By Paul Haarman
Are you looking for ways to boost your retirement savings? If you work at a place where you get both 403(b) and 401(k) plans to contribute, you can expect to achieve your goal. However, there would be a combined contribution limit that you would need to stick to for a tax year. In 2020, you can contribute $19,500 from your income. And if you are more than 50 years of age, you can make a catch-up contribution of $6,500. These limits are valid for individual plans also. Paul Haarman explains that means you can use both these accounts to save for your future. It is just that the contributions will have a cap.
An overview of a 401(k) and a 403(b) plan
403(b) plan is mainly for nonprofit company employees working for a public school, religious group, or an organization that qualifies for tax exemption. You pay before-tax dollars towards contributions, and this amount comes from your salary. For this, the option of an employer match can be available. As far as employee contribution goes, you would have choices for investing your money. This plan can feel similar to 401(k) to an employee. But there are differences. You can open a 403(b) account with an insurance company, while the other is commonly accessible with a mutual fund company.
Paul Haarman says nobody can deny that both these accounts can be accessible only to some people.
401(k) plan’s popularity is because of its generous employer match feature. Since large companies can afford larger sums in benefits, they offer this choice. For a charitable or nonprofit organization, it cannot be possible. Besides, a 403(b) plan provides lesser investment opportunities as provided by the employer.
Differences between the two retirement plans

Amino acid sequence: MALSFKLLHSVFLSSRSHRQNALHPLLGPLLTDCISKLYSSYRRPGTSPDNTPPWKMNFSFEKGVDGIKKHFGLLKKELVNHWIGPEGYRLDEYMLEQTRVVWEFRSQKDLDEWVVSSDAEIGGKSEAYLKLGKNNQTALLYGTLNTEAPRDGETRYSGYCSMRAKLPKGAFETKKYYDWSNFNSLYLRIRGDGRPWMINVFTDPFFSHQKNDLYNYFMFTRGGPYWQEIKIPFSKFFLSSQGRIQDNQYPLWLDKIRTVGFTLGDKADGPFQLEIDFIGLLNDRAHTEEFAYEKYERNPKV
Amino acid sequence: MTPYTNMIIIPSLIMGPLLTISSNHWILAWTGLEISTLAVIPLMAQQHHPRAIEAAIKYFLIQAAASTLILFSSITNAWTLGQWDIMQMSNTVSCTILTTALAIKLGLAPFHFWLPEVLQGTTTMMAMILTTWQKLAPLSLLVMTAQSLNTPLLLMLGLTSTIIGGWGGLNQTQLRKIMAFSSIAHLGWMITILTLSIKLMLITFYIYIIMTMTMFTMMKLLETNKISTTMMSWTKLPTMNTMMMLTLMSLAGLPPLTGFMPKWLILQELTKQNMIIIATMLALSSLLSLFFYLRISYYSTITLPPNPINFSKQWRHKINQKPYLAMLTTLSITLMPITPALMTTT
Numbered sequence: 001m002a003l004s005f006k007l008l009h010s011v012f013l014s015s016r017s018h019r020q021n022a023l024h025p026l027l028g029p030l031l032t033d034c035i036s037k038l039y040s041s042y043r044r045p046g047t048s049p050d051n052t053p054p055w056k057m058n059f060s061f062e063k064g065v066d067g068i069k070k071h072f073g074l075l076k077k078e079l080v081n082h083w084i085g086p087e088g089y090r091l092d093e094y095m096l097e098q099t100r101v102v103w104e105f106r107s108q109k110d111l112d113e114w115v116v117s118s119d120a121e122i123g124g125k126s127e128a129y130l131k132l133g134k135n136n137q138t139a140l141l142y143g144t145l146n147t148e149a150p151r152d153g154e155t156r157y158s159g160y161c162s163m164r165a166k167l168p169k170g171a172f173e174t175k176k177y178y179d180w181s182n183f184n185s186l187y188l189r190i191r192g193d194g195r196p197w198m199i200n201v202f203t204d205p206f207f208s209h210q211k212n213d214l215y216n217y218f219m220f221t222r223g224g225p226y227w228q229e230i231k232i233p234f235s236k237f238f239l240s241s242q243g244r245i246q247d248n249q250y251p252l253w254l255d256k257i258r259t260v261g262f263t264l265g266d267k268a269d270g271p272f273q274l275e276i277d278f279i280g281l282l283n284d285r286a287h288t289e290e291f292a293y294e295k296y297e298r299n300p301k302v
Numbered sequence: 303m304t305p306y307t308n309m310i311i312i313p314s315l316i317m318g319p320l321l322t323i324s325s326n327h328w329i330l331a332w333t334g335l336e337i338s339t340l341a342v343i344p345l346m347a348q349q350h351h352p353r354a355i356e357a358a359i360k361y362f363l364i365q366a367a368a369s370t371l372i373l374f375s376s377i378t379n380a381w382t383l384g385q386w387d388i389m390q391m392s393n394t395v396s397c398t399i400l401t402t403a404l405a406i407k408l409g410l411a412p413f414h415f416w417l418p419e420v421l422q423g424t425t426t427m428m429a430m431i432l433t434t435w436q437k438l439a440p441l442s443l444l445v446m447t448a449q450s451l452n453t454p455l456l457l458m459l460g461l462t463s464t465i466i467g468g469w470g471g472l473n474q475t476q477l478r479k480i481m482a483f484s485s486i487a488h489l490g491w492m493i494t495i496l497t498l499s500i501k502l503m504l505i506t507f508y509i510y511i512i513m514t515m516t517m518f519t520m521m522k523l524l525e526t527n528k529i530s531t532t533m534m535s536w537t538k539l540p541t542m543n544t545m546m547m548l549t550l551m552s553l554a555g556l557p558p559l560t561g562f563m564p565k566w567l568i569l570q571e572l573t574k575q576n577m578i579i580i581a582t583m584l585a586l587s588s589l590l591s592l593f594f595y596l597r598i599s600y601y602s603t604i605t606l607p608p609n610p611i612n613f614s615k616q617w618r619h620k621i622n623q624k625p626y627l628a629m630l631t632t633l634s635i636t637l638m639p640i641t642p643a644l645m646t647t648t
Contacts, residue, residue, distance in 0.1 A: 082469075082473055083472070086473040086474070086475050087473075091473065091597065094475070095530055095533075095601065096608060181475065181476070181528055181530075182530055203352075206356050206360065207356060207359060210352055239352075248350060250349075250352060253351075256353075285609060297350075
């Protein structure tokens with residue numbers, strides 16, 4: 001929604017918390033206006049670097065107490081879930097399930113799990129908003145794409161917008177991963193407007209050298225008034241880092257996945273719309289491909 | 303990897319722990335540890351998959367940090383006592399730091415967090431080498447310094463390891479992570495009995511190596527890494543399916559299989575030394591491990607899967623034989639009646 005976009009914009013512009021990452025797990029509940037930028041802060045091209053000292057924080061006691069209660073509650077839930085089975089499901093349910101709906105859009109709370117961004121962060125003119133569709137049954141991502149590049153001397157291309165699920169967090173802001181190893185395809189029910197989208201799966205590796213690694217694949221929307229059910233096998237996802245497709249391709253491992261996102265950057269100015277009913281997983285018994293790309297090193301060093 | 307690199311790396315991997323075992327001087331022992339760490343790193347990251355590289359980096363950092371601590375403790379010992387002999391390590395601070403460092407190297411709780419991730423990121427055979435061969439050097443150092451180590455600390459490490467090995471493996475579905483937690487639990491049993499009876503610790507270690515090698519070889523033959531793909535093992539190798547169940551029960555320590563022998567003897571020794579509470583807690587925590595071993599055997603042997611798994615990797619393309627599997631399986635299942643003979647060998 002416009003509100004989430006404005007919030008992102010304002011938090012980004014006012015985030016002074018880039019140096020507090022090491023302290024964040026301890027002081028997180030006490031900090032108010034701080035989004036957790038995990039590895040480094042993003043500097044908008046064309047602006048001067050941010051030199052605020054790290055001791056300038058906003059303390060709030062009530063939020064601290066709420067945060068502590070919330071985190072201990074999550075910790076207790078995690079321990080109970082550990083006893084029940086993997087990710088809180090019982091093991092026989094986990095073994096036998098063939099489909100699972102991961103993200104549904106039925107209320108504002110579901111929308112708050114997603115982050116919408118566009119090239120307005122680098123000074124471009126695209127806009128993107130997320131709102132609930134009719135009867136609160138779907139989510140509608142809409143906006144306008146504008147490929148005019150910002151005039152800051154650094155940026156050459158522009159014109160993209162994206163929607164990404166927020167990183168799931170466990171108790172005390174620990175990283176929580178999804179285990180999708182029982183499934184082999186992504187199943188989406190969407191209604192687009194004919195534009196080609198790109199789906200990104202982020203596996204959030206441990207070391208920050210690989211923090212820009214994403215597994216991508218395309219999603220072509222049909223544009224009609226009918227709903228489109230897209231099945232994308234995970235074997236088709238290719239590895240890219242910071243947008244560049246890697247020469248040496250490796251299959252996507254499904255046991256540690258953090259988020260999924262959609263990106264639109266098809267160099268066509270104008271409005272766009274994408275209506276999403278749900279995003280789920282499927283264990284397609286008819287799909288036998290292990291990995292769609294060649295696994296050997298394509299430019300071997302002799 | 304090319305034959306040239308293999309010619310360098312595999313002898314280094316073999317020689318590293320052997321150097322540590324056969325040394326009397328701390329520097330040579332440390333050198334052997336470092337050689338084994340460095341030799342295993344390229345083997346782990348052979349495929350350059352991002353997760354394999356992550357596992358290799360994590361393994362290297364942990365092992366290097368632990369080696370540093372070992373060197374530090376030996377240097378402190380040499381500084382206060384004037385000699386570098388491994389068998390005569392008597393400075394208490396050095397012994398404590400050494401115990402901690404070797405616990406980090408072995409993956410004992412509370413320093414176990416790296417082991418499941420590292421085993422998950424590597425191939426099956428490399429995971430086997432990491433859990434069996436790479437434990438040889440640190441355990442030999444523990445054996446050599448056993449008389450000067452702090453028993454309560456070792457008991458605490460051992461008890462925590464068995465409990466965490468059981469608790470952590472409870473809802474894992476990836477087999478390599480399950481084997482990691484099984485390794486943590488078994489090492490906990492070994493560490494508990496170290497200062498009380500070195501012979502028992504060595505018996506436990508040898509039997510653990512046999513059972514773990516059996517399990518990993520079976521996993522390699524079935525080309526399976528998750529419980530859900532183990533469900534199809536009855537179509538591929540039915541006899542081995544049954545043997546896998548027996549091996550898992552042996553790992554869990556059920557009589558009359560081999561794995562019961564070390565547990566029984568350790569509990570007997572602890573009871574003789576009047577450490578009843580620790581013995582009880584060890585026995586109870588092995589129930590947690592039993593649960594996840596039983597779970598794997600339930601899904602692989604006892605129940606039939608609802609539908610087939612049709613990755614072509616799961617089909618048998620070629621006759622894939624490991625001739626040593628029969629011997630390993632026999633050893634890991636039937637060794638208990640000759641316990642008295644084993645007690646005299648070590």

Paul Haarman points out that you can find one distinct from the other when it comes to withdrawal. If you know, you have to be at least 59½ years old to withdraw your savings from these accounts to avoid a 10% penalty for early withdrawals. During the COVID-19 situation, the penalties have relaxed. Those who withdraw funds due to financial hardships caused by COVID-19 under the CARES Act don’t have to pay penalty charges. The acronym CARES stands for Coronavirus Aid, Relief, and Economic Security. Still, 403(b) account holders have the upper hand here. They can opt for early distribution without penalty when they leave their employer.
No such severance facility is available to a 401(k) plan holder. They cannot take a distribution before the age of 55.
As Paul Haarman informs, both the distributions are taxable, though.
Furthermore, another difference lies in the area of catch-up provision. 403b plan has a unique catch-up advantage for employees working for more than 15 years with a company. The benefit would be available if the employer also agrees to the option.
In essence, whether you have a 401(k) or a 403(b) plan or both, you should study them thoroughly to understand their limitations and retirement benefits. These can give you an insight into how your future financial health is shaping up.